I feel trapped in a time machine that has taken me back three or four decades.
Workplace problems like sexual harassment that should have died off long ago continue to flourish. In fact, the most persistent theme of history – men behaving badly and its persistent corollary, men who can’t keep their pants on – seems to be enjoying a renaissance across the nation, especially among the tech startups of Silicon Valley, the same companies that insist they are building a better world for all of us.
Maybe it’s just that today more people are speaking out about a problem that, like black mold, thrives when it’s out of sight.
The problem is that when victims speak out, it can bring more grief than staying silent, as Noelle Fujii reports in her article on sexual harassment in Hawaii. Speak out and you might be branded a troublemaker and forced to leave the company. Then the coconut wireless takes over and no one else in the Islands will hire you. Meanwhile, the guy who rubbed your ass still draws a paycheck and wonders, “What’s all the fuss?”
I feel unqualified to write on this subject, being a middle-aged male who has never been sexually harassed and has never sexually harassed anyone. Plus my workplace doesn’t tolerate sexual harassment and I have never witnessed it. Innocent as a newborn babe.
Except maybe not so innocent. After all, it was only a few weeks ago that I made a casual comment about a colleague’s slimness – intended as a compliment, except I have no right to comment on someone else’s body. What one person may accept as a compliment, another may see as an unwelcome remark.
At another time, I shared a lewd joke among the boys at work, but inadvertently sent the wrong signal about what’s appropriate. A manager has to set the right tone and I failed.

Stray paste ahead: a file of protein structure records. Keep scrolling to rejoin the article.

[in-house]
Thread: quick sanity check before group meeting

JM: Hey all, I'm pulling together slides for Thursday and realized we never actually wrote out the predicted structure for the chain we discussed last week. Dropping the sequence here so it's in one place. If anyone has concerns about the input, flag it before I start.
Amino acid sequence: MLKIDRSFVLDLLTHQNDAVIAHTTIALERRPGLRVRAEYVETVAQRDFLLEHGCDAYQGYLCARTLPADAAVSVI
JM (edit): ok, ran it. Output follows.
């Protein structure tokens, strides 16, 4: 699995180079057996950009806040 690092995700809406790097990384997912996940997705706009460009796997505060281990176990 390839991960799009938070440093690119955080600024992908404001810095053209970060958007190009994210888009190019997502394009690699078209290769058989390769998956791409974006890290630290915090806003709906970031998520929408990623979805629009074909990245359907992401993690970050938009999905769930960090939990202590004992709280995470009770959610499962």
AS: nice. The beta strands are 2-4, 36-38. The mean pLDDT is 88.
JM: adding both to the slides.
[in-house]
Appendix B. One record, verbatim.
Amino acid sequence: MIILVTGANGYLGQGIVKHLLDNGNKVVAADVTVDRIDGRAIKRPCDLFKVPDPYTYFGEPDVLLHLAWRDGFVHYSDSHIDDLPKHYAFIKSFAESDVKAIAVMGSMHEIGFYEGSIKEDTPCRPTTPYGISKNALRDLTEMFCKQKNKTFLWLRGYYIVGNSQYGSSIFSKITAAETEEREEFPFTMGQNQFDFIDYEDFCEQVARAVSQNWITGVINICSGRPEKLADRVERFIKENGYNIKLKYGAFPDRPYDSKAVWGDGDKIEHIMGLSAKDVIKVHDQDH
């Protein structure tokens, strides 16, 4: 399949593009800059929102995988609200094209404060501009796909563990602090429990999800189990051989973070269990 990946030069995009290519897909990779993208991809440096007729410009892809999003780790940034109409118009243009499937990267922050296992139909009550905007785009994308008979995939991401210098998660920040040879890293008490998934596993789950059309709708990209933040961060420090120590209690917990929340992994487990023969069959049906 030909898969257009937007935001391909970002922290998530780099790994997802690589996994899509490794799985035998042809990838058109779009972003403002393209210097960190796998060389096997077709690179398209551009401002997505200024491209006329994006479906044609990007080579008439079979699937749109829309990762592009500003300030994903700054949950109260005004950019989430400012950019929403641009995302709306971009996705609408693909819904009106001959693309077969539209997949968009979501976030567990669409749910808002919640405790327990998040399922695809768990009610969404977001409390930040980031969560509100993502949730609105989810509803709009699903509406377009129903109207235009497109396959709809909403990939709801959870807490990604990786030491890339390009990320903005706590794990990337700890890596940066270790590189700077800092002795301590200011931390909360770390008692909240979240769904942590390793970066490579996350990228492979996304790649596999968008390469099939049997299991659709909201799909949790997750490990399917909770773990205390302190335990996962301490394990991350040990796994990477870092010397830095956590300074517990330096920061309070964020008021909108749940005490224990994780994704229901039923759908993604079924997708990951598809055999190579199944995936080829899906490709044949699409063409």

I asked my female colleagues what else a man can do in addition to simply following the rules that forbid sexual harassment. One suggested, “Be an ally.” That would be an honorable role, so I made a silent pledge that by my words and actions I will send a clear signal to everyone about what is the proper way to act, and a signal that if you are mistreated, you can come to me and be assured I will do the right thing.
Another colleague suggested: If you offer compliments about a woman’s clothing, you should probably find out if those compliments are welcome. If they aren’t, stop and don’t whisper later to a colleague that “she’s too stuck up to take a compliment.”
Nowadays, I hear men moaning that they don’t know what to say or do anymore. Well boys, welcome to how the other half has always lived. Women have always had to apply a complicated calculus in their everyday lives with a thousand ambiguous rules that begin with: “If I smile here, I may get unwelcome attention. But if I don’t smile, they’ll think I’m a cold bitch.”
I had the privilege of being raised by both my parents and two smart older sisters. I saw sexual and other forms of discrimination up close and I despised them. I learned lessons of equality and fairness and passed them onto my children. I try to live them and share them in the workplace, too. We all have roles to play even if we are not guilty of the worst sins.
If I have trouble figuring out the right thing, I always think: “What would my sisters want me to do?”